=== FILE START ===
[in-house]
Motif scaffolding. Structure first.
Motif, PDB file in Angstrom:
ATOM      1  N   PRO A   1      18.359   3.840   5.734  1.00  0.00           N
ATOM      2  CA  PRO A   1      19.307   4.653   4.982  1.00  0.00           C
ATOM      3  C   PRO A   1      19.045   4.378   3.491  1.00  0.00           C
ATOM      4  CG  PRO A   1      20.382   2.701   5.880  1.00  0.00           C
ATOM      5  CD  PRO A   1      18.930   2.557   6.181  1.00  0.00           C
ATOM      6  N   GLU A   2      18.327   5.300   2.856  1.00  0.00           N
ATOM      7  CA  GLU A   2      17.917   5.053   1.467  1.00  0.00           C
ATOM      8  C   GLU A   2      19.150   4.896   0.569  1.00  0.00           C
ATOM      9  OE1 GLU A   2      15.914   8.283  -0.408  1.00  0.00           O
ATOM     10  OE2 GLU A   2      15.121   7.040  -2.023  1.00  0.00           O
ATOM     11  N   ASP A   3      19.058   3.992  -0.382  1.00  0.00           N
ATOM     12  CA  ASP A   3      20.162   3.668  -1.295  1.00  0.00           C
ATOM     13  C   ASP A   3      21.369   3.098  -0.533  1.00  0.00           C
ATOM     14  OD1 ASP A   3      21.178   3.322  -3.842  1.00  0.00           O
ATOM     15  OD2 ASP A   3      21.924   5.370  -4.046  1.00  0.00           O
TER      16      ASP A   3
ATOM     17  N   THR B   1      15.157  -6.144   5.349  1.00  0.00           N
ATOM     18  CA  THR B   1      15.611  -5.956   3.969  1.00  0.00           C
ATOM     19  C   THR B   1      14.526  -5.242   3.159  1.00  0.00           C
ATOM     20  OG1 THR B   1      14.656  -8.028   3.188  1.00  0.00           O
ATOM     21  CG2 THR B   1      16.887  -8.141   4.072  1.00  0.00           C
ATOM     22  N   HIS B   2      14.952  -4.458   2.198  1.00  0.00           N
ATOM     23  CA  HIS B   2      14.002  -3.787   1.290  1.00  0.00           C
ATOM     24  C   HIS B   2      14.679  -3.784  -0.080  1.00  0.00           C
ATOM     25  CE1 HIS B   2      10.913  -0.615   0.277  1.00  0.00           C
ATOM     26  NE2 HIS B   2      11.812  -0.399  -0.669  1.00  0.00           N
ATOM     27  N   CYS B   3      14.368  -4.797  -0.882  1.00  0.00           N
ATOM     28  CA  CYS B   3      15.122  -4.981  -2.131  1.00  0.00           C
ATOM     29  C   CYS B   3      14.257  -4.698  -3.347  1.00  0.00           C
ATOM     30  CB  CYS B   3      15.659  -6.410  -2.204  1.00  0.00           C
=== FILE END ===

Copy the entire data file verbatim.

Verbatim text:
[in-house]
Motif scaffolding. Structure first.
Motif, PDB file in Angstrom:
ATOM      1  N   PRO A   1      18.359   3.840   5.734  1.00  0.00           N
ATOM      2  CA  PRO A   1      19.307   4.653   4.982  1.00  0.00           C
ATOM      3  C   PRO A   1      19.045   4.378   3.491  1.00  0.00           C
ATOM      4  CG  PRO A   1      20.382   2.701   5.880  1.00  0.00           C
ATOM      5  CD  PRO A   1      18.930   2.557   6.181  1.00  0.00           C
ATOM      6  N   GLU A   2      18.327   5.300   2.856  1.00  0.00           N
ATOM      7  CA  GLU A   2      17.917   5.053   1.467  1.00  0.00           C
ATOM      8  C   GLU A   2      19.150   4.896   0.569  1.00  0.00           C
ATOM      9  OE1 GLU A   2      15.914   8.283  -0.408  1.00  0.00           O
ATOM     10  OE2 GLU A   2      15.121   7.040  -2.023  1.00  0.00           O
ATOM     11  N   ASP A   3      19.058   3.992  -0.382  1.00  0.00           N
ATOM     12  CA  ASP A   3      20.162   3.668  -1.295  1.00  0.00           C
ATOM     13  C   ASP A   3      21.369   3.098  -0.533  1.00  0.00           C
ATOM     14  OD1 ASP A   3      21.178   3.322  -3.842  1.00  0.00           O
ATOM     15  OD2 ASP A   3      21.924   5.370  -4.046  1.00  0.00           O
TER      16      ASP A   3
ATOM     17  N   THR B   1      15.157  -6.144   5.349  1.00  0.00           N
ATOM     18  CA  THR B   1      15.611  -5.956   3.969  1.00  0.00           C
ATOM     19  C   THR B   1      14.526  -5.242   3.159  1.00  0.00           C
ATOM     20  OG1 THR B   1      14.656  -8.028   3.188  1.00  0.00           O
ATOM     21  CG2 THR B   1      16.887  -8.141   4.072  1.00  0.00           C
ATOM     22  N   HIS B   2      14.952  -4.458   2.198  1.00  0.00           N
ATOM     23  CA  HIS B   2      14.002  -3.787   1.290  1.00  0.00           C
ATOM     24  C   HIS B   2      14.679  -3.784  -0.080  1.00  0.00           C
ATOM     25  CE1 HIS B   2      10.913  -0.615   0.277  1.00  0.00           C
ATOM     26  NE2 HIS B   2      11.812  -0.399  -0.669  1.00  0.00           N
ATOM     27  N   CYS B   3      14.368  -4.797  -0.882  1.00  0.00           N
ATOM     28  CA  CYS B   3      15.122  -4.981  -2.131  1.00  0.00           C
ATOM     29  C   CYS B   3      14.257  -4.698  -3.347  1.00  0.00           C
ATOM     30  CB  CYS B   3      15.659  -6.410  -2.204  1.00  0.00           C